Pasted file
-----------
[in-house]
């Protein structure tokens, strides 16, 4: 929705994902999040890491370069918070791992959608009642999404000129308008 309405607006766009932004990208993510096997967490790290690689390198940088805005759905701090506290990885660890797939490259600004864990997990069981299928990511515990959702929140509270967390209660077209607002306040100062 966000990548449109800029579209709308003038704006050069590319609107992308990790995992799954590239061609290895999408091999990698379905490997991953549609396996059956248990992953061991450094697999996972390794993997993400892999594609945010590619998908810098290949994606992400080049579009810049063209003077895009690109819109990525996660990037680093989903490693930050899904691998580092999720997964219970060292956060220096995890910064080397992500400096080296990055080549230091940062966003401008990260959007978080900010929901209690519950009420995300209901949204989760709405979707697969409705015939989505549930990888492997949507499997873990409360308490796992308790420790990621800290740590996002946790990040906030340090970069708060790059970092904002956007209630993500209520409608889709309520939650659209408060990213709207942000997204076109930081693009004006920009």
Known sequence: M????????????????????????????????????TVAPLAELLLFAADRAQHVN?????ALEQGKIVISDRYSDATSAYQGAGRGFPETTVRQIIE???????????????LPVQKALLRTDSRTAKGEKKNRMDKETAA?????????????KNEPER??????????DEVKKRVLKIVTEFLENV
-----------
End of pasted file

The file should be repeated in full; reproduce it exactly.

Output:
[in-house]
């Protein structure tokens, strides 16, 4: 929705994902999040890491370069918070791992959608009642999404000129308008 309405607006766009932004990208993510096997967490790290690689390198940088805005759905701090506290990885660890797939490259600004864990997990069981299928990511515990959702929140509270967390209660077209607002306040100062 966000990548449109800029579209709308003038704006050069590319609107992308990790995992799954590239061609290895999408091999990698379905490997991953549609396996059956248990992953061991450094697999996972390794993997993400892999594609945010590619998908810098290949994606992400080049579009810049063209003077895009690109819109990525996660990037680093989903490693930050899904691998580092999720997964219970060292956060220096995890910064080397992500400096080296990055080549230091940062966003401008990260959007978080900010929901209690519950009420995300209901949204989760709405979707697969409705015939989505549930990888492997949507499997873990409360308490796992308790420790990621800290740590996002946790990040906030340090970069708060790059970092904002956007209630993500209520409608889709309520939650659209408060990213709207942000997204076109930081693009004006920009």
Known sequence: M????????????????????????????????????TVAPLAELLLFAADRAQHVN?????ALEQGKIVISDRYSDATSAYQGAGRGFPETTVRQIIE???????????????LPVQKALLRTDSRTAKGEKKNRMDKETAA?????????????KNEPER??????????DEVKKRVLKIVTEFLENV